[Note: As those of you who follow me both on this blog and on twitter (@rocketrepreneur) have probably noticed, my tweeting hasn’t been as negatively impacted by the stresses of running a startup as my blogging has. Unfortunately a side effect of this is my habit of doing a 5-6 tweet “thought” instead of writing a blog post. At that point, either Ben Brockert or Will Pomerantz invariably remind me “You Have a Blog For That”. So, in their honor, I’m starting a new series of YHABFT blog posts even shorter than “Random Thoughts”.]
As those of you in the entrepreneurial space community may have heard, the NewSpace Business Plan Competition, normally held in conjunction with the NewSpace Conference, will be a separate stand-alone event this year in late October. Executive Summaries for teams that would like to compete are due by next Thursday, August 29th at 5pm PST. If you’re working with a team that’s either in the process of launching a new aerospace startup, or have been in the business a few years and haven’t competed yet, I’d strongly recommend applying. It’s a great way to learn about how to construct an investable business plan, and to learn about what sort of things Angels and VCs are looking for in a space startup. The bootcamp and judge feedback is worth far more than the cash prizes (which have been getting quite substantial this year and last year), and the opportunity to pitch your company to friendly representatives of serious investment firms is one that you shouldn’t pass up if you ever intend to raise money. Not to mention that winners of previous competitions often get invited back to be coaches in future years, which has been in some ways an even more valuable experience than competing in the competition originally.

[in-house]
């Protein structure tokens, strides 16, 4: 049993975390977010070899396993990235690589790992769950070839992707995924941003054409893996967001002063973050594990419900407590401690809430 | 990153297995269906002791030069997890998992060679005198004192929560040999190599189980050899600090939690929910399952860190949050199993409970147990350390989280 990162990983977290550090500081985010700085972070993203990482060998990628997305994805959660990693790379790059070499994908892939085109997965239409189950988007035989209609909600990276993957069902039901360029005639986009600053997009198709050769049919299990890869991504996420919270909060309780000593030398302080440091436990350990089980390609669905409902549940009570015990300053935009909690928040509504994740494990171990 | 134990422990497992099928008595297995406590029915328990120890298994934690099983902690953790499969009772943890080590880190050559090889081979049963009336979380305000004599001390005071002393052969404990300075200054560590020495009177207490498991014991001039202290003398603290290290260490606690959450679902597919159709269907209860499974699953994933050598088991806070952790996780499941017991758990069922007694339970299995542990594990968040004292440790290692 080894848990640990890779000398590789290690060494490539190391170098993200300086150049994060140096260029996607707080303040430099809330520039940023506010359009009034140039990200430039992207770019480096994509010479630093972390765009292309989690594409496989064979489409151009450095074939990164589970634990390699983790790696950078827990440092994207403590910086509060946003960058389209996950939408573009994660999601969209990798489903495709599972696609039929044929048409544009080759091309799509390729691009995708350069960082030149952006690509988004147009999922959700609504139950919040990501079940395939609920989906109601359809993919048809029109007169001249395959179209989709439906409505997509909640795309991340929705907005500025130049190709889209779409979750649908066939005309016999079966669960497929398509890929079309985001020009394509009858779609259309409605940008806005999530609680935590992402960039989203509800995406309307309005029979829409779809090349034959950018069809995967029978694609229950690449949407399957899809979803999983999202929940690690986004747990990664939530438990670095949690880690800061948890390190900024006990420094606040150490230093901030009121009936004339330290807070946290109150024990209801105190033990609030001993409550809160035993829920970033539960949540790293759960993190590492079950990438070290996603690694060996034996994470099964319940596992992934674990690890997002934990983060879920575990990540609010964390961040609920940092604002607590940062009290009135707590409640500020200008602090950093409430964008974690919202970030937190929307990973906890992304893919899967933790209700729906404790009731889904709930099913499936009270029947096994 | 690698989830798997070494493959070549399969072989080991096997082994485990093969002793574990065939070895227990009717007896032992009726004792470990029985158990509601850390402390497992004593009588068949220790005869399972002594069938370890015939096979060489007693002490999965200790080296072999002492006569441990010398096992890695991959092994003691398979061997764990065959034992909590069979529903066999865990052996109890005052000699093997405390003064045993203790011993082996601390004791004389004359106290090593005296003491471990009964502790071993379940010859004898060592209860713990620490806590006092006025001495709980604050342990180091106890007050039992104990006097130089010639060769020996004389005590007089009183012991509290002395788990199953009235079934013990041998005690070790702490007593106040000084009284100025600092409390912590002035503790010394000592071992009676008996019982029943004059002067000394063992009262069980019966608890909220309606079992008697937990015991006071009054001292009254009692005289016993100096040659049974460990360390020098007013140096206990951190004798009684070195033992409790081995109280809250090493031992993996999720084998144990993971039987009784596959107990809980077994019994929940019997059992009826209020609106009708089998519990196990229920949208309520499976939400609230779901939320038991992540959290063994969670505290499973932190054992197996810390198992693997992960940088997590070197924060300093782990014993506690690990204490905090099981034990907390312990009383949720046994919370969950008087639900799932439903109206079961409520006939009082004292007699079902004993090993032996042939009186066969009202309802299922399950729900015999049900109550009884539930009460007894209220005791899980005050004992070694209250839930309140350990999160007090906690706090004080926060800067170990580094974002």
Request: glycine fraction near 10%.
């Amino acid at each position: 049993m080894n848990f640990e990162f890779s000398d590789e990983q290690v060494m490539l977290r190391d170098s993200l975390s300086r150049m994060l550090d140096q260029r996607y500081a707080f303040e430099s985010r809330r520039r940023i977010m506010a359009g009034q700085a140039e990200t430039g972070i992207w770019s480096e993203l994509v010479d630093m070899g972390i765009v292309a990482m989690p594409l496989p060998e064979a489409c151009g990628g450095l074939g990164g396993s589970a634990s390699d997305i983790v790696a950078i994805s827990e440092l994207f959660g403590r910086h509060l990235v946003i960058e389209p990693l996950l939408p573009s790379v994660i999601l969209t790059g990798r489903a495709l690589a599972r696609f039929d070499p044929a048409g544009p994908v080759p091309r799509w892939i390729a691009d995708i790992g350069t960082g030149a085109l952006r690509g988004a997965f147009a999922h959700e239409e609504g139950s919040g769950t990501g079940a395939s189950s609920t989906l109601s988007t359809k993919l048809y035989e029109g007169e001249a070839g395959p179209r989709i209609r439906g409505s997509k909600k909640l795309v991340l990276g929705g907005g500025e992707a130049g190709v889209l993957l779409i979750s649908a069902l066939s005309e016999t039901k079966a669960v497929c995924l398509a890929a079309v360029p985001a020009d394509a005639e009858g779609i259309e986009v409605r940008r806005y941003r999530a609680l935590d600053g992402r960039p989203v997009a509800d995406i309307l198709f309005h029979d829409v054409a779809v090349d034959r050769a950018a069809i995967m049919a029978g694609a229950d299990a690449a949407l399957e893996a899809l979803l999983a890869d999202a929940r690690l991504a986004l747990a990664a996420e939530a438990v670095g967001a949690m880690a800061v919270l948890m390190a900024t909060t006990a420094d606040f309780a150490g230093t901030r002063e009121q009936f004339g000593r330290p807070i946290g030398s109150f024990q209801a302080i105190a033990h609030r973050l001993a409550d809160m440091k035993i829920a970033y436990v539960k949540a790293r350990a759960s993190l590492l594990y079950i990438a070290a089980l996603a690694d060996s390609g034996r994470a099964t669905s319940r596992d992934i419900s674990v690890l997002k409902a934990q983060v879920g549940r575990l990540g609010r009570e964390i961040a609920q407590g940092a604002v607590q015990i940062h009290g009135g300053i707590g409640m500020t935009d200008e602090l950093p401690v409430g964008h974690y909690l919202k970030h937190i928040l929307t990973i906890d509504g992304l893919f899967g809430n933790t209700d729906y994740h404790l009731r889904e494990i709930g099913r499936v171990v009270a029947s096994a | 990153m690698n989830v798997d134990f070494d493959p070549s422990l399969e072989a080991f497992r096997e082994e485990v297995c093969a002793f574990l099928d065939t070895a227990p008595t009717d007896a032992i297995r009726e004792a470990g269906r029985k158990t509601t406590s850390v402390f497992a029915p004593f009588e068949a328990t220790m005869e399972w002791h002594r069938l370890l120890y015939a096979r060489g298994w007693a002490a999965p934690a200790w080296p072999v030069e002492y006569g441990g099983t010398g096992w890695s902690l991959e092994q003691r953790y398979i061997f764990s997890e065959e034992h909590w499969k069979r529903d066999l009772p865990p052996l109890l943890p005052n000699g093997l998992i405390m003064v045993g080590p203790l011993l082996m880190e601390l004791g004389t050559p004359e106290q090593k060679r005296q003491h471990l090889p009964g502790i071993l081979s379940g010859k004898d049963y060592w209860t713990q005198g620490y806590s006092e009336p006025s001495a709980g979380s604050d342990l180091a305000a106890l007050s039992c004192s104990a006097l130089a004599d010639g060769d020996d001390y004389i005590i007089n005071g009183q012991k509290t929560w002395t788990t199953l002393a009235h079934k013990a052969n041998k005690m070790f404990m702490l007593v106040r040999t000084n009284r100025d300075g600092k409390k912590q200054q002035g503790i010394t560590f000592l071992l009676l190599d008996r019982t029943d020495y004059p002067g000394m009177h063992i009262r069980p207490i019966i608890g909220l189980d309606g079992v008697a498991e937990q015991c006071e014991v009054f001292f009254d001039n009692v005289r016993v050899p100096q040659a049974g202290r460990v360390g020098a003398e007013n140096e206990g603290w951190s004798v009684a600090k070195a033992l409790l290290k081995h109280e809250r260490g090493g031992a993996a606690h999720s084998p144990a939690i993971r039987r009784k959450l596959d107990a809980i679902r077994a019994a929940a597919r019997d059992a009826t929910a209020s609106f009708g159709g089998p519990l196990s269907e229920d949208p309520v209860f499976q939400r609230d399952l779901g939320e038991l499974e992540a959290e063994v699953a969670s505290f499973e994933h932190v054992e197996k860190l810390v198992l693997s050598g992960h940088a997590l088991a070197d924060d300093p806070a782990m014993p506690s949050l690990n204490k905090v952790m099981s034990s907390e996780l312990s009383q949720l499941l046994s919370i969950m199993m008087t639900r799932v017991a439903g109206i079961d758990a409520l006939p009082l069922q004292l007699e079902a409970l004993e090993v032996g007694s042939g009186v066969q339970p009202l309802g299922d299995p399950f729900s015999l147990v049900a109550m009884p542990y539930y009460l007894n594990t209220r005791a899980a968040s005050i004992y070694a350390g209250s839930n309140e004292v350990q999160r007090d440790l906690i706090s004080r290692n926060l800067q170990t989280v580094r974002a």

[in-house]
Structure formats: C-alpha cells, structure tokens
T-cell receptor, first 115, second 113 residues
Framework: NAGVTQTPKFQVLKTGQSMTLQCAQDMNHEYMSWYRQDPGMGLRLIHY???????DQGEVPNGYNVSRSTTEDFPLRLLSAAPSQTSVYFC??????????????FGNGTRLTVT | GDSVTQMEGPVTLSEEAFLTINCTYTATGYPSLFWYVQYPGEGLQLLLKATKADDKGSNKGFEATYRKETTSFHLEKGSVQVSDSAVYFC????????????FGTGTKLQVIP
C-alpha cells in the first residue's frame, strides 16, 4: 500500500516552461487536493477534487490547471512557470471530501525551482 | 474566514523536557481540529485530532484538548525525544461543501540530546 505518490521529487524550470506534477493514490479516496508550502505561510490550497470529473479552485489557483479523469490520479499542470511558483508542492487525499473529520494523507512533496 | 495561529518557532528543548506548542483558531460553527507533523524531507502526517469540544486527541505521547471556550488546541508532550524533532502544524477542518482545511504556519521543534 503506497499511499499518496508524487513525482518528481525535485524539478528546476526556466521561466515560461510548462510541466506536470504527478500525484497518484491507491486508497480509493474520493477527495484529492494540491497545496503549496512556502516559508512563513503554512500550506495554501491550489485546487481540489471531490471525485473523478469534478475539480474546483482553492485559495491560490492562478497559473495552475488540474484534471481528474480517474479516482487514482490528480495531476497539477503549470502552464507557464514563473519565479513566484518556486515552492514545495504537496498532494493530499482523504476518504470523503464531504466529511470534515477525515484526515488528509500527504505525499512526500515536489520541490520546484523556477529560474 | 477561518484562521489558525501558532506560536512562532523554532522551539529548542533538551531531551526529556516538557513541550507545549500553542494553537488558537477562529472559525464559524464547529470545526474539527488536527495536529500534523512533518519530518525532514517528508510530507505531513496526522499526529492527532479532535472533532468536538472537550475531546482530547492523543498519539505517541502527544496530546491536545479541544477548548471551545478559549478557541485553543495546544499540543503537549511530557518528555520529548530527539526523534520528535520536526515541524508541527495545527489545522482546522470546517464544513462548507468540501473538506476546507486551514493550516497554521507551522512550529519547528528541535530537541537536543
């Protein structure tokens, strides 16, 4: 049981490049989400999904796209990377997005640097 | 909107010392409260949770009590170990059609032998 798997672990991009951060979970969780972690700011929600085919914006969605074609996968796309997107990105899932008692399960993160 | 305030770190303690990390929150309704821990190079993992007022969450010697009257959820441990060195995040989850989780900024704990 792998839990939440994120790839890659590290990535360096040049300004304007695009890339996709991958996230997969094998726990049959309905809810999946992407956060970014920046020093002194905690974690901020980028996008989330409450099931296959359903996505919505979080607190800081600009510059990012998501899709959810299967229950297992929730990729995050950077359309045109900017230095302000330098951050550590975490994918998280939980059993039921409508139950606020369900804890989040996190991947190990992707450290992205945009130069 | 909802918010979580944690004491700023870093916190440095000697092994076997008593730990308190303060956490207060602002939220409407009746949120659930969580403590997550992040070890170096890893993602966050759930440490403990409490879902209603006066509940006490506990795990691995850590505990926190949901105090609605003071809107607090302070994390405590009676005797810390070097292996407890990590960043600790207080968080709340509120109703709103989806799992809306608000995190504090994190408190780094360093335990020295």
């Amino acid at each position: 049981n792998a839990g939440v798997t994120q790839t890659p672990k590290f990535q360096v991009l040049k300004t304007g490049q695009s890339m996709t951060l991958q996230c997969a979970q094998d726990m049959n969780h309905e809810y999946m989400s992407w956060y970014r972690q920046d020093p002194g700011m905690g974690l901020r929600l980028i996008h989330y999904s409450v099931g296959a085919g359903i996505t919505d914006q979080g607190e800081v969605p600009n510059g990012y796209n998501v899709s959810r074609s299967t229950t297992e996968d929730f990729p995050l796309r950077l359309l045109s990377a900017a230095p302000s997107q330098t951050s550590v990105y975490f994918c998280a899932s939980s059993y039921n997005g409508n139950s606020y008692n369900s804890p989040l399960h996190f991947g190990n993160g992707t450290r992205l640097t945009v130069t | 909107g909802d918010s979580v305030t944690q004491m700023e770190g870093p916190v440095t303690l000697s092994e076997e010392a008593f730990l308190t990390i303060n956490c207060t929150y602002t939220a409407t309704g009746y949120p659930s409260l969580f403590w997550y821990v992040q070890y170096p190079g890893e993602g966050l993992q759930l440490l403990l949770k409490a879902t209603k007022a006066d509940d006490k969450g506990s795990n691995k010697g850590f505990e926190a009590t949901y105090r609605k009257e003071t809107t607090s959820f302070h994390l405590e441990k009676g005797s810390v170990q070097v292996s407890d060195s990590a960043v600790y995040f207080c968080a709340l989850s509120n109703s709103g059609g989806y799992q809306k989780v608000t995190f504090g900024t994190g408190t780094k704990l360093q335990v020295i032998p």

Here are a few suggestions from my experience over the past few years, if you’re planning on competing (though note, that I’m not a judge or executive summary evaluator, so use an appropriate-sized grain of salt):
- Make sure you make a clear connection between your company and how it will help with the economic development of space. Otherwise excellent business plans with weak connections to space development haven’t fared as well in the past.
- Humility doesn’t come easy for the sort of self-confident people that typically become entrepreneurs, but the teams that do best are often the ones that listen best to outside input.
- A business plan/executive summary is a marketing document trying to sell your company to an investor. While your technical secret sauce is part of that story, more important is a tie-in to a clear market pain you’re addressing, how your team is competent to address that need, and how addressing that leads clearly to making a healthy profit (as well as aiding the economic development of space in some manner).
Good luck! I’m looking forward to helping-out again this year.
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